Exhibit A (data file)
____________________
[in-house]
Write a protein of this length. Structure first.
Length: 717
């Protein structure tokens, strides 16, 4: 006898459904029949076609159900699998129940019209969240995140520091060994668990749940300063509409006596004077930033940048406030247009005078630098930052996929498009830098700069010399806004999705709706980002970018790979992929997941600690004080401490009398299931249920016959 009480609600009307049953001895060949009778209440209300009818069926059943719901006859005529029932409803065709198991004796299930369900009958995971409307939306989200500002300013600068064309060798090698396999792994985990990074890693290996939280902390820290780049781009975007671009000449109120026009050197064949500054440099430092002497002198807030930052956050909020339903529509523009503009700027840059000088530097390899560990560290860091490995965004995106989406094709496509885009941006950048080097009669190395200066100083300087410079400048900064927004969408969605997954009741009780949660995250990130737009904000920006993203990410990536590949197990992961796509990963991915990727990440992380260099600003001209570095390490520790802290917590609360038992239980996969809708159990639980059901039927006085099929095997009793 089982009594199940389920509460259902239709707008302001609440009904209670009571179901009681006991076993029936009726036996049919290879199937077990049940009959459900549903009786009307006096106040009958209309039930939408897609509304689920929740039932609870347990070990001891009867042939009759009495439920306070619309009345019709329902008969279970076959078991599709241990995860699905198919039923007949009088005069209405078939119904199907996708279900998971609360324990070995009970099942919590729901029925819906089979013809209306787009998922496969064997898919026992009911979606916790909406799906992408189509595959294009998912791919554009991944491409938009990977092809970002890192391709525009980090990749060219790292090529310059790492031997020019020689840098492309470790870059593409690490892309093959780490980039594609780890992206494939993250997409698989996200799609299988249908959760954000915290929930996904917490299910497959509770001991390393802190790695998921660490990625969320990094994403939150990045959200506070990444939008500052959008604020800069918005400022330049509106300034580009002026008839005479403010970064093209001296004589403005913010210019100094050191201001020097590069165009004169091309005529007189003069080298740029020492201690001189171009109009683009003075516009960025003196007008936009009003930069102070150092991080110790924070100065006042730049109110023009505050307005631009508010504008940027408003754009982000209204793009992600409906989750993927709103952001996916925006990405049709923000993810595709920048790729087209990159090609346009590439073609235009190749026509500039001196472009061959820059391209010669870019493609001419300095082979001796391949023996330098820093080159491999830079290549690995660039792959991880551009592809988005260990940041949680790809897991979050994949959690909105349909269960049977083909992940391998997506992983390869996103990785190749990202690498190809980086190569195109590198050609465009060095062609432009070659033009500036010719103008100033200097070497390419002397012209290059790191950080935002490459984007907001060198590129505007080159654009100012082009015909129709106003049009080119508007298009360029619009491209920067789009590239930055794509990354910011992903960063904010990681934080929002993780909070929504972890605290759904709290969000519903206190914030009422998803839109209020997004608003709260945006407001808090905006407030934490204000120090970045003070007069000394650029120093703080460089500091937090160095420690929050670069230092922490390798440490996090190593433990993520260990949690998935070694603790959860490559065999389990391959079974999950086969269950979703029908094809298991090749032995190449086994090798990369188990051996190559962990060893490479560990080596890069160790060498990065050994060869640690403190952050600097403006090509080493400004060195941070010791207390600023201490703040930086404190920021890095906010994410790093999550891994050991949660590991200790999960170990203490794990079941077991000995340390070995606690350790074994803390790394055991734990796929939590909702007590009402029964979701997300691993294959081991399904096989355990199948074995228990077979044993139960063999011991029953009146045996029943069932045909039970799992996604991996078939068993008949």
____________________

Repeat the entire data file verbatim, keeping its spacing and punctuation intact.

[in-house]
Write a protein of this length. Structure first.
Length: 717
């Protein structure tokens, strides 16, 4: 006898459904029949076609159900699998129940019209969240995140520091060994668990749940300063509409006596004077930033940048406030247009005078630098930052996929498009830098700069010399806004999705709706980002970018790979992929997941600690004080401490009398299931249920016959 009480609600009307049953001895060949009778209440209300009818069926059943719901006859005529029932409803065709198991004796299930369900009958995971409307939306989200500002300013600068064309060798090698396999792994985990990074890693290996939280902390820290780049781009975007671009000449109120026009050197064949500054440099430092002497002198807030930052956050909020339903529509523009503009700027840059000088530097390899560990560290860091490995965004995106989406094709496509885009941006950048080097009669190395200066100083300087410079400048900064927004969408969605997954009741009780949660995250990130737009904000920006993203990410990536590949197990992961796509990963991915990727990440992380260099600003001209570095390490520790802290917590609360038992239980996969809708159990639980059901039927006085099929095997009793 089982009594199940389920509460259902239709707008302001609440009904209670009571179901009681006991076993029936009726036996049919290879199937077990049940009959459900549903009786009307006096106040009958209309039930939408897609509304689920929740039932609870347990070990001891009867042939009759009495439920306070619309009345019709329902008969279970076959078991599709241990995860699905198919039923007949009088005069209405078939119904199907996708279900998971609360324990070995009970099942919590729901029925819906089979013809209306787009998922496969064997898919026992009911979606916790909406799906992408189509595959294009998912791919554009991944491409938009990977092809970002890192391709525009980090990749060219790292090529310059790492031997020019020689840098492309470790870059593409690490892309093959780490980039594609780890992206494939993250997409698989996200799609299988249908959760954000915290929930996904917490299910497959509770001991390393802190790695998921660490990625969320990094994403939150990045959200506070990444939008500052959008604020800069918005400022330049509106300034580009002026008839005479403010970064093209001296004589403005913010210019100094050191201001020097590069165009004169091309005529007189003069080298740029020492201690001189171009109009683009003075516009960025003196007008936009009003930069102070150092991080110790924070100065006042730049109110023009505050307005631009508010504008940027408003754009982000209204793009992600409906989750993927709103952001996916925006990405049709923000993810595709920048790729087209990159090609346009590439073609235009190749026509500039001196472009061959820059391209010669870019493609001419300095082979001796391949023996330098820093080159491999830079290549690995660039792959991880551009592809988005260990940041949680790809897991979050994949959690909105349909269960049977083909992940391998997506992983390869996103990785190749990202690498190809980086190569195109590198050609465009060095062609432009070659033009500036010719103008100033200097070497390419002397012209290059790191950080935002490459984007907001060198590129505007080159654009100012082009015909129709106003049009080119508007298009360029619009491209920067789009590239930055794509990354910011992903960063904010990681934080929002993780909070929504972890605290759904709290969000519903206190914030009422998803839109209020997004608003709260945006407001808090905006407030934490204000120090970045003070007069000394650029120093703080460089500091937090160095420690929050670069230092922490390798440490996090190593433990993520260990949690998935070694603790959860490559065999389990391959079974999950086969269950979703029908094809298991090749032995190449086994090798990369188990051996190559962990060893490479560990080596890069160790060498990065050994060869640690403190952050600097403006090509080493400004060195941070010791207390600023201490703040930086404190920021890095906010994410790093999550891994050991949660590991200790999960170990203490794990079941077991000995340390070995606690350790074994803390790394055991734990796929939590909702007590009402029964979701997300691993294959081991399904096989355990199948074995228990077979044993139960063999011991029953009146045996029943069932045909039970799992996604991996078939068993008949």